- The Soweto Eat-In. The UJ Slow Food Soweto Eat-In is an event that shows it is possible to eat well and sustainably and thereby achieve social, economic and environmental goals. The Eat-In integrates a chef's competition, local and sustainable food, food activism and learning. It is a public event that celebrates food as it educates us. It has become an important event in the social calendar and an opportunity for public education and deliberation about food. In 2017 the event was planned around the "Skaftini" challenge with details to follow in the press.
- Development Facilitation: Development Studies 4th year students (DEV 8X08) complete a course in Multi-Stakeholder Facilitation. This course is open to community members and is integrated with the activities of the Farmers' School and Innovation Lab. This course enables community members and students to engage successfully with multiple stakeholders and integrate this into actionable plans. This course has enabled community members to create their own change processes and is an important part of the succession strategy of iZindaba Zokudla.
- Agroecology training: iZindaba Zokudla facilitates the recruitment of farmers for Agroecology training. Partners include 17 Shaft and Legwetla Farming and Training. Three farmers were recruited through iZindaba Zokudla for training in 2017.
This case study was adapted from two online reports on the University of Johannesburg website. You can find the originals here and here. The originals were authored by Dr Naudé Malan and adapted for the SUEUAA website by Professor Elana Swanepoel.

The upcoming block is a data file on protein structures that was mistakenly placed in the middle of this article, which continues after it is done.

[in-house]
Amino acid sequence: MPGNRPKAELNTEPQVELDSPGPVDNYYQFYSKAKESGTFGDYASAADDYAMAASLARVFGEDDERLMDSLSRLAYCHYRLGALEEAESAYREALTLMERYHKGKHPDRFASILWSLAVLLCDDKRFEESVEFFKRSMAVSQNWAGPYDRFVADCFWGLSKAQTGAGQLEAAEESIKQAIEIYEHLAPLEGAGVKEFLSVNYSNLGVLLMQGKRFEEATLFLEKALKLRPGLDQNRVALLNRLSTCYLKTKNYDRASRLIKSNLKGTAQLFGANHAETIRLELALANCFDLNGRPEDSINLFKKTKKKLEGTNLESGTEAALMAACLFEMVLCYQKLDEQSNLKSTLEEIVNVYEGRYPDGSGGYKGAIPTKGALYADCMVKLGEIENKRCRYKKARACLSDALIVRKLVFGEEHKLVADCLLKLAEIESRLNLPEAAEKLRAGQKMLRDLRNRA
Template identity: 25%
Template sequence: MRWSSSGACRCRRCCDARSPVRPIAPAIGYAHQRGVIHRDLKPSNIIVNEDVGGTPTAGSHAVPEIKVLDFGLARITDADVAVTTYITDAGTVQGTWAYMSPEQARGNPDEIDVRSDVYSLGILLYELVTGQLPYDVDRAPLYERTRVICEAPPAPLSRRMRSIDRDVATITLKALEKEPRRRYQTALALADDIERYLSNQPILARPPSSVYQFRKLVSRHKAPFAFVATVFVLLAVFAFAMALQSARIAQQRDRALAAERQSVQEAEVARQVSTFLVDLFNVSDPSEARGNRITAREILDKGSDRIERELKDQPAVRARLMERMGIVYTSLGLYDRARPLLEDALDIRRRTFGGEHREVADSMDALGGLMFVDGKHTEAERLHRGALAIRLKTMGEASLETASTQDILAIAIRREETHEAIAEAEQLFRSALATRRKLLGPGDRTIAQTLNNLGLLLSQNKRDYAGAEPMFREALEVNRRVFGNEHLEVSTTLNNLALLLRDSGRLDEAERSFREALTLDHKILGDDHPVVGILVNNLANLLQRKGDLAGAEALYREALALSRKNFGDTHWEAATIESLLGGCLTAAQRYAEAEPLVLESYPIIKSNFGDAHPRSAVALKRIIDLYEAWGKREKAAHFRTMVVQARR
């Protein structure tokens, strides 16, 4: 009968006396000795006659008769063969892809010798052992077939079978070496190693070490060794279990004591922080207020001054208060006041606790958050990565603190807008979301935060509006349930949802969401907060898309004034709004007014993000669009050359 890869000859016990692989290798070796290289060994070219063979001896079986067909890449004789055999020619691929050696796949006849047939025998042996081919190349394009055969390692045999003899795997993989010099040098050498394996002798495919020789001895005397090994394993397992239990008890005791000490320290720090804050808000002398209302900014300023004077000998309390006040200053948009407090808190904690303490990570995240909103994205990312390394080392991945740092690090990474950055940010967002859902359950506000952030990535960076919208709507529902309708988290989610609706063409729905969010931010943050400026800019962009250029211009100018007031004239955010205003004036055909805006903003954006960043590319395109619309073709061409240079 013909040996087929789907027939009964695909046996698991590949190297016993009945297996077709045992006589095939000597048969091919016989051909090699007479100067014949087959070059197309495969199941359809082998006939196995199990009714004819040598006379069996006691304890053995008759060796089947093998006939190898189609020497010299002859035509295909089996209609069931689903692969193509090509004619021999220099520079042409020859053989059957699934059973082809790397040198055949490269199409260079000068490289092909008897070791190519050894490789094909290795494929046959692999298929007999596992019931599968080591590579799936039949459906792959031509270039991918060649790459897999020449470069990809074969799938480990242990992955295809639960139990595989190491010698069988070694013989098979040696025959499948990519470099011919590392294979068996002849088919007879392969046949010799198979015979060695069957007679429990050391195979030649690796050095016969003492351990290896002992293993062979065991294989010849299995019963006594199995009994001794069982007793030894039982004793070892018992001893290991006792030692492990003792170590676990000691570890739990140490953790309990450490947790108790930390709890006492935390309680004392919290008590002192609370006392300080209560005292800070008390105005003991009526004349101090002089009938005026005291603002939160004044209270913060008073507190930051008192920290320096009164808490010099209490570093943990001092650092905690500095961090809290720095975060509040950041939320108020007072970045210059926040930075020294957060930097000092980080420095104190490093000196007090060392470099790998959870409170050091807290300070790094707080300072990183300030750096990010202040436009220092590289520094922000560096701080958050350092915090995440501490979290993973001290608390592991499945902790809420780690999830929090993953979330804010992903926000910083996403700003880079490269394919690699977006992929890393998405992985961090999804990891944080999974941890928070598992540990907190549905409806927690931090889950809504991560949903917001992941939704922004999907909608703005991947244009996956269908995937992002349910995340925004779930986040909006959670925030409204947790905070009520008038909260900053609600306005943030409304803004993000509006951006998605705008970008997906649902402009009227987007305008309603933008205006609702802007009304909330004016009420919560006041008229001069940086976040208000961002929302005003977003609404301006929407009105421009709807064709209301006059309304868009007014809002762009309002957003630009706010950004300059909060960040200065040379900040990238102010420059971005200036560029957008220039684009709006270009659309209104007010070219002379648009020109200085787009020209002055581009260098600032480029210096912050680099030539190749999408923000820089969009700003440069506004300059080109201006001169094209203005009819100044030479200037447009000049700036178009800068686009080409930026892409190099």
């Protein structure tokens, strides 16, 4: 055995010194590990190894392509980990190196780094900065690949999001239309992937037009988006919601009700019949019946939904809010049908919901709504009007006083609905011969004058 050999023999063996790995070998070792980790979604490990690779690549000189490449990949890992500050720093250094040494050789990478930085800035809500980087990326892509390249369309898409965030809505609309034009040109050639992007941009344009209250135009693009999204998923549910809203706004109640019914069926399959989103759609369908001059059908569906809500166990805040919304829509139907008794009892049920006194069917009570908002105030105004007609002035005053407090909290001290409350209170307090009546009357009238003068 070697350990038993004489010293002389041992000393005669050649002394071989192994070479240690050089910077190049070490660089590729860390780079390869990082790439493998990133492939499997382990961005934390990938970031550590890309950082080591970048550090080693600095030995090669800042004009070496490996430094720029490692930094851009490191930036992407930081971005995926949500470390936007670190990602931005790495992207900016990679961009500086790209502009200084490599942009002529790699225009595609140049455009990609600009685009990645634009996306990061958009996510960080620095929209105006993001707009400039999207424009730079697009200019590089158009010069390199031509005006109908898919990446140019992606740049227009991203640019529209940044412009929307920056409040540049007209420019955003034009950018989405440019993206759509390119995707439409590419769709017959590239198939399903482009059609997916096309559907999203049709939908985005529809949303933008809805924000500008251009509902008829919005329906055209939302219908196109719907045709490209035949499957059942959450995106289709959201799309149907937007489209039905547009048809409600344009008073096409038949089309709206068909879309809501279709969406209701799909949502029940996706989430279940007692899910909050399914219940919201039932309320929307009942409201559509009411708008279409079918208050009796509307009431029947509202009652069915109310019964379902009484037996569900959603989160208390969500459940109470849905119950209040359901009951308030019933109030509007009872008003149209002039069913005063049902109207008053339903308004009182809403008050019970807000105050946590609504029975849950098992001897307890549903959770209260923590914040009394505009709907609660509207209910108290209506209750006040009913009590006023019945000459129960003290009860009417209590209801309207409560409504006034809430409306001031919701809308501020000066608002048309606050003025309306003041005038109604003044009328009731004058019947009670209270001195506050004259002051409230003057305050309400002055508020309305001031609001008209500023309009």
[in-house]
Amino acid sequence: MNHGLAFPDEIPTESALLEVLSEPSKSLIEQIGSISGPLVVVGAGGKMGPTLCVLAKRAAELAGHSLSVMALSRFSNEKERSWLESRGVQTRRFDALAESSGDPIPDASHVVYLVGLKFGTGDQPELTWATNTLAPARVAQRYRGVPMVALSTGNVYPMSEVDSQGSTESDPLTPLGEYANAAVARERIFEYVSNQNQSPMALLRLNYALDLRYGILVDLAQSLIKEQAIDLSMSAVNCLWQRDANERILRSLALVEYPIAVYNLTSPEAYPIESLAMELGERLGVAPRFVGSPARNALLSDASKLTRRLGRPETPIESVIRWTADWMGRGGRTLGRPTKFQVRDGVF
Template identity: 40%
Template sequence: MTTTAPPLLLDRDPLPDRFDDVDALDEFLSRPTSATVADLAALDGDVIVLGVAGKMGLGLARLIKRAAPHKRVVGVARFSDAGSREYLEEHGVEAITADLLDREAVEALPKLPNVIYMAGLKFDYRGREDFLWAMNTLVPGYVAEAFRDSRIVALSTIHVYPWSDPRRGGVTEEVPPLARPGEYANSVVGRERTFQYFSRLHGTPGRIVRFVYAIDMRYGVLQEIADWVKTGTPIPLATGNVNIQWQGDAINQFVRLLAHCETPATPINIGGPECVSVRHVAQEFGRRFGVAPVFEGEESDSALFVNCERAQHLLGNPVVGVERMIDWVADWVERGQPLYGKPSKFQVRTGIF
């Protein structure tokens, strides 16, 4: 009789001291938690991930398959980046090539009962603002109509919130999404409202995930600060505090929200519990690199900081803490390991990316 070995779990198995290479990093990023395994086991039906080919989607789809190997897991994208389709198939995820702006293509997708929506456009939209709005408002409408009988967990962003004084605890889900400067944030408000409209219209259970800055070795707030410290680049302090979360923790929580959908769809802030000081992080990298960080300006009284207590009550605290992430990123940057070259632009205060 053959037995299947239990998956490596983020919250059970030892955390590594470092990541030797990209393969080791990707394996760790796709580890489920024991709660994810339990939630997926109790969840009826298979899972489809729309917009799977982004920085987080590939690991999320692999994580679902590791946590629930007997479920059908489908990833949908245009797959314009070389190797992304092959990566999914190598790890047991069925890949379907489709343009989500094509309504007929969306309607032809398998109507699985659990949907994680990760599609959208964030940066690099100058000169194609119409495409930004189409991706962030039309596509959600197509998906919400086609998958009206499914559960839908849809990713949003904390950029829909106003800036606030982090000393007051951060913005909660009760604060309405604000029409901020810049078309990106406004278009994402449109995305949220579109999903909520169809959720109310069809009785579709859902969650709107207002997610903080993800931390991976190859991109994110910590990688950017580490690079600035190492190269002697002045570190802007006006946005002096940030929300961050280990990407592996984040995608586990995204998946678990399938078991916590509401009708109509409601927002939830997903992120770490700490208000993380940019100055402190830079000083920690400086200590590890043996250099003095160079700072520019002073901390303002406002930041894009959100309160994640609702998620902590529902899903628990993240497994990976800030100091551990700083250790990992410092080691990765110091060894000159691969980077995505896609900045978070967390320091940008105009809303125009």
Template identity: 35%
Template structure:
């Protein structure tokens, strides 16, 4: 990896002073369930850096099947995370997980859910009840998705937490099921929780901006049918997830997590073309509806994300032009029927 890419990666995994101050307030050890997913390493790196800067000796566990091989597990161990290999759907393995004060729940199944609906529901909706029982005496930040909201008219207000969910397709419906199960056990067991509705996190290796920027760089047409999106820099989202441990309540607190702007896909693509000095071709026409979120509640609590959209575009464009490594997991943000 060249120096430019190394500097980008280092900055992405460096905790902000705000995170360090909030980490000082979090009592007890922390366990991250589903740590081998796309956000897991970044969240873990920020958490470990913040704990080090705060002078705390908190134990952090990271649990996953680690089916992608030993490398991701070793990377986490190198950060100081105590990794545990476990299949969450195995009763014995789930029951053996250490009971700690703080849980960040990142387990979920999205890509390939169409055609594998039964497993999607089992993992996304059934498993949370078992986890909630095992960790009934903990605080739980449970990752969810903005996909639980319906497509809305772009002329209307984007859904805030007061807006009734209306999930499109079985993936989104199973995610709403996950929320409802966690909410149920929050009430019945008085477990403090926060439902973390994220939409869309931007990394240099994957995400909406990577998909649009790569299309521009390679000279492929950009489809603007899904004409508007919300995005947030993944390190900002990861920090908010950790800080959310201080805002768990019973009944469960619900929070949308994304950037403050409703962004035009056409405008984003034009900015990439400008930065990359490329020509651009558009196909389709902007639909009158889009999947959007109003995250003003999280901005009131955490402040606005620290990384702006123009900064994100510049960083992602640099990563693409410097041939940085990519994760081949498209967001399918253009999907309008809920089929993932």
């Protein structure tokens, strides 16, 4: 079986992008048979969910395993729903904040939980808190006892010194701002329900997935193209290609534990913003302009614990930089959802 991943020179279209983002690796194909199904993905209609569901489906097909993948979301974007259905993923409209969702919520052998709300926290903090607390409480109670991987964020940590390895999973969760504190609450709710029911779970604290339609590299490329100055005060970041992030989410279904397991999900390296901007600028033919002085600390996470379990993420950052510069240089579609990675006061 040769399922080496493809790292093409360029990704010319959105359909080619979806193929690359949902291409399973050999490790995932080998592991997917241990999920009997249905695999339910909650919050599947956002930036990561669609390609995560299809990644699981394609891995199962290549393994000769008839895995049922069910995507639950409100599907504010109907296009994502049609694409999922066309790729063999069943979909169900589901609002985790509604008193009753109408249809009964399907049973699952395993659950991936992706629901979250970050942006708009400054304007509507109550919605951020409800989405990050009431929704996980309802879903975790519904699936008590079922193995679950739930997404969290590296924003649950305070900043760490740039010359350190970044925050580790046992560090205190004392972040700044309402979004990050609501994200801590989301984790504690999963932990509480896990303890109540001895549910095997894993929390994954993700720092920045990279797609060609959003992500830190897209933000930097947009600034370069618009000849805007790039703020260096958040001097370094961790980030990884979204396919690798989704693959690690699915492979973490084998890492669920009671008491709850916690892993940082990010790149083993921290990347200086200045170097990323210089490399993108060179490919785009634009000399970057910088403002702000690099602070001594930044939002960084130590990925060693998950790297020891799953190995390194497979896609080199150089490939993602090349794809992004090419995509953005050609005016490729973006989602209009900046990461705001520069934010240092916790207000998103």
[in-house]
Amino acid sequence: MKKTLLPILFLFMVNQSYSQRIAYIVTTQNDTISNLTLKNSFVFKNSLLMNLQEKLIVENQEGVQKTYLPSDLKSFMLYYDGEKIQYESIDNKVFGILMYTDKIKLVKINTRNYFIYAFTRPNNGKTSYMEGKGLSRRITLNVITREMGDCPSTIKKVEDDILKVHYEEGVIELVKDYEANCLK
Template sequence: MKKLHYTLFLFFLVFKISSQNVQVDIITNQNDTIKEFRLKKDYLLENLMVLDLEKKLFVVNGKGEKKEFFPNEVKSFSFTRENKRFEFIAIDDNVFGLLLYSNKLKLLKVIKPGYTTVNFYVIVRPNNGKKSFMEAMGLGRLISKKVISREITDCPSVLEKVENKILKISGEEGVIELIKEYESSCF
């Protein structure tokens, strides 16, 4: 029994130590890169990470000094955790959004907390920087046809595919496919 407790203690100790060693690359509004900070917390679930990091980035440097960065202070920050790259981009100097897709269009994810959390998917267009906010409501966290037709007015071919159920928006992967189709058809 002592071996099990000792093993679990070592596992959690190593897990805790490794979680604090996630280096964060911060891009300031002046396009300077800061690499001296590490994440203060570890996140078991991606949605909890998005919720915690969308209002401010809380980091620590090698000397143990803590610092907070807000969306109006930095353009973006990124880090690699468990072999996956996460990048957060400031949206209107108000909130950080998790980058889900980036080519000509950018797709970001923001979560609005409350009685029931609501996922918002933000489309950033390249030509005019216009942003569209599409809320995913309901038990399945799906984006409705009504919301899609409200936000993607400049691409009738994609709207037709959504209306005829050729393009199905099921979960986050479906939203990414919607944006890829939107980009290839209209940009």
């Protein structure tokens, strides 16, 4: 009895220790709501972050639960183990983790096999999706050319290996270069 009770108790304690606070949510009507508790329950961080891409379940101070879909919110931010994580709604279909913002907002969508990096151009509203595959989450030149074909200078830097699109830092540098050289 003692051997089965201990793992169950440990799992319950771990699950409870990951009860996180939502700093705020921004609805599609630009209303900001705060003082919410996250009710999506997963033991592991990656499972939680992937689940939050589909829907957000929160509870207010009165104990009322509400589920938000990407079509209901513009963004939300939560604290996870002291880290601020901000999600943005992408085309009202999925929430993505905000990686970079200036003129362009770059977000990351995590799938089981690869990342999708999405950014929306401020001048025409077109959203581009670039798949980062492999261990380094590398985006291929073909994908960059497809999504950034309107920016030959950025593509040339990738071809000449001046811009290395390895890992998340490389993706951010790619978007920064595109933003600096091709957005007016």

To find out more about the iZindaba Zokudla project, or to contact Dr Malan, please follow the links below.
- 'Appropriate Technology' (With Nickey Janse van Rensburg & Hannelie Nel); 'An Introduction to Socio-Technical Systems'; 'Engaged Learning' (with Rene Benecke) in Socio-Technical systems: An Engineering Education Perspective (forthcoming 2019) Johan Meyer, Zach Simpson & Suné von Solms (eds.), Abingdon: Tailor and Francis.
- 'iZindaba Zokudla (Conversations About Food): Innovation in the Soweto Food System' (forthcoming 2019) Public Interest Design Education Guidebook: Curricula, Strategies, and SEED Academic Case Studies edited by Lisa M. Abendroth and Bryan Bell, INFORMA UK.
- 'Emerging enterprises and sustainability in the food system: Food entrepreneurs in South Africa' (under Review: Palgrave) and 'Service learning as action research for food security: The iZindaba Zokudla experience' Urban Food Transitions in the Global North & South Alec Thornton (ed.) International Political Economy Series (IPE) Palgrave (Forthcoming 2019)